Single fiber electromyography (SFEMG) was established by Stalberg and Eskedt in the 1960s, and is of proven value in the diagnosis of neuromuscular disorders, especially myasthenia gravis. It has proved to be the most sensitive technique in detecting a neuromuscular transmission defect in comparison with the tensilon test, repetitive stimulation, and acetyl choline receptor antibody estimation.[2,3]
Single fiber electromyography typically requires the use of a specially contracted single fiber EMG needle electrode[Figure 1] or facial concentric needle electrode [Figure 2] with a small recording surface (25 micrometers), which is exposed at a port on the side of the electrode, 3 mm from the tip.
The validity of the technique has been proven by examining a large number of myasthenia patients with a sensitivity of up to 99% in detecting a neuromuscular transmission defect. in generalized myasthenia gravis has been reported.[2,4] When a motor axon is depolarized the action potentials travel distally and excite the muscle fiber more or less at the same time. The variation in the time interval between the two action potentials of the same motor unit is called as “jitter”. SFEMG measures the variation of this inter potential interval (jitter)[Figure 3].
Most of the modern nerve conduction and EMG machines have a software to perform and analyze the SFEMG examination. There are two methods to perform this. One is stimulated and the other is under a volitional effort. However, most physicians, including the author, prefer to perform SFEMG under the volitional effort. The goal of SFEMG is to study the adjacent action potentials from the same motor unit, known as ‘pairs’. This is achieved by using a specially constructed single fiber needle electrode or facial concentric needle electrode. This identifies and selectively records the action potentials from individual muscle fibers. The selectivity of the recording is further strengthened by adjusting the filter settings. (Low frequencies filter 500 HZ – high frequencies filter 10 KHZ). This filter setting selectively abolishes low frequency components from distant muscle fibers. Action potentials should be greater than 200 mictovolts in amplitude and the rise time should be less than 300 microseconds. Around 20 potential pairs are collected from the same muscle by three-to-four insertions. The subject is asked to maintain a steady contraction if volitional SFEMG is undertaken, until 100 consecutive discharges are recorded from each pair.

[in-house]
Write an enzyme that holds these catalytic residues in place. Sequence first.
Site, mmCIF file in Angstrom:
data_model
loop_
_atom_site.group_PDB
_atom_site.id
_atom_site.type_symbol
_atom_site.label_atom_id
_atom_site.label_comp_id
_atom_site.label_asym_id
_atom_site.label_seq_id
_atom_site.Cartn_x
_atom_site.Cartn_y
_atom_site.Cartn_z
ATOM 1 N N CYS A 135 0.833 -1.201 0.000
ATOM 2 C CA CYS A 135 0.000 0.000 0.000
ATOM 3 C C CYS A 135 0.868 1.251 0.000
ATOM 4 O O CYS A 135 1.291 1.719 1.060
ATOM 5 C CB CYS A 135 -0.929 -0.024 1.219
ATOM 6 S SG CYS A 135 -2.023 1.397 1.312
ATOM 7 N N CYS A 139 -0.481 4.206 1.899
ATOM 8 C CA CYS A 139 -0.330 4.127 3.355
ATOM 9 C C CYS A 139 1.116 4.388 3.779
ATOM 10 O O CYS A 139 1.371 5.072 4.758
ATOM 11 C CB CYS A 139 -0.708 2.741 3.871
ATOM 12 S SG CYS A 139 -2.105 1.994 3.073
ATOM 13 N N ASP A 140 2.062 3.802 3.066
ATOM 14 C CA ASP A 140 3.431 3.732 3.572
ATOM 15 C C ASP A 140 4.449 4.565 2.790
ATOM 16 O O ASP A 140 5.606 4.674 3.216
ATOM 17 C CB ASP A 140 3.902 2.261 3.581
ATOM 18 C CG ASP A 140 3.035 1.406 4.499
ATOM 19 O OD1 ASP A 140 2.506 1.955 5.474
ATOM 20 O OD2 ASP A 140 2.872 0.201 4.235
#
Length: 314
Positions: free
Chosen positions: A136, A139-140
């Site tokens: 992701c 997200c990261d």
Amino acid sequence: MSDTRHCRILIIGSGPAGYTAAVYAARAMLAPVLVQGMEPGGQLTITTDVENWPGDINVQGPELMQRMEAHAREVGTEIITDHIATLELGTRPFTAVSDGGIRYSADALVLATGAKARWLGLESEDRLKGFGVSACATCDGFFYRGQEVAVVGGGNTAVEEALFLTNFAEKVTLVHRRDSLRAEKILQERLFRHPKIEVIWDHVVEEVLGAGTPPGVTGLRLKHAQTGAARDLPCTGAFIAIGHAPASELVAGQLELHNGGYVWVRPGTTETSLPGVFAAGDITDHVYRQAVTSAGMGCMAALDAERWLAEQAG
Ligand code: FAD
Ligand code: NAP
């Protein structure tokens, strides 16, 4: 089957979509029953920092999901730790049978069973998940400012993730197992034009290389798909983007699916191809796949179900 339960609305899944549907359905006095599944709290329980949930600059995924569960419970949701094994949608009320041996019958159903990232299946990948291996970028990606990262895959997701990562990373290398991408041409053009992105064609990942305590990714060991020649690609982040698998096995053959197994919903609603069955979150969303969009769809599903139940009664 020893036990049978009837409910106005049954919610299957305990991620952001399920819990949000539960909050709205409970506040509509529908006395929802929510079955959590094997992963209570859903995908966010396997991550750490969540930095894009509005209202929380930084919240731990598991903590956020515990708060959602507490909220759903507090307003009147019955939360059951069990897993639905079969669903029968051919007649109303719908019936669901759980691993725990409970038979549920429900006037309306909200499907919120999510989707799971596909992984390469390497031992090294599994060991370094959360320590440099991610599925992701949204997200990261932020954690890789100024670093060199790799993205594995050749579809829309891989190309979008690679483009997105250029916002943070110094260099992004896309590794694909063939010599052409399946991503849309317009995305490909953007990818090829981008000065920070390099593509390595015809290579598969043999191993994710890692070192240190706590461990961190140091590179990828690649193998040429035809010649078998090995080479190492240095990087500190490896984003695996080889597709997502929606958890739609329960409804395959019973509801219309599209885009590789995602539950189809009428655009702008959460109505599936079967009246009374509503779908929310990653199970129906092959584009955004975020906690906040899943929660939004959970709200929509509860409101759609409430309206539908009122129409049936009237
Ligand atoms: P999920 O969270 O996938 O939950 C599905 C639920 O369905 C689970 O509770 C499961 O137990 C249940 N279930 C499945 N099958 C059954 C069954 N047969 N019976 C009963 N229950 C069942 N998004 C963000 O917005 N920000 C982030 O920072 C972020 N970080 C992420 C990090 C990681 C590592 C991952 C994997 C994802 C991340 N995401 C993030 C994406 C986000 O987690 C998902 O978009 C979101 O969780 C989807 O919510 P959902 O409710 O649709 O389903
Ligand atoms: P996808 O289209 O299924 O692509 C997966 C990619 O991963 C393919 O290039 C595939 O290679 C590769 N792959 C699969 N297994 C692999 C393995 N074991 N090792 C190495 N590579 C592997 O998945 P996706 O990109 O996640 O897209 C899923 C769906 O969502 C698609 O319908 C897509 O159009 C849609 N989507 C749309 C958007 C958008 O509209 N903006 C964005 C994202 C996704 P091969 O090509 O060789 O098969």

Stimulation SFEMG is particularly useful in children, uncooperative, comatose patients, and those who have tremors. A branch of the motor nerve is stimulated by using a mono polar needle electrode and recording is made by SFEMG or a concentric needle electrode. Stimulation is delivered at 2 - 10 HZ and the stimulus intensity is adjusted accordingly.
Jitter is the measurement of variation of the inter-potential interval. This is calculated between the triggered potential and the time-locked, second single muscle fiber action potential [Figures [Figures44–7]. This is expressed as a mean consecutive difference (MCD). Most modern EMG machines have a program that automatically performs the MCD calculation. Mean MCD is calculated using the following formula:
When neuromuscular transmission is sufficiently impaired, nerve impulses fail to elicit an action potential and this is called ‘blocking’ [Figure 8]. This usually happens when the jitter value is markedly prolonged, usually when MCD is more than 100 microseconds.
The normal jitter values have been determined for many muscles in a multicenter collaborative study[6,7][Figure 9].
The study is considered abnormal if one of the following criteria is met,
- Mean jitter value exceeds the upper limit of the normal value
- More than 10% of the pairs have increased jitter (two out of twenty pairs)
Normal values apply only if the inter-spike interval is up to four microseconds. Errors may be encountered if this is higher and may produce a false jitter.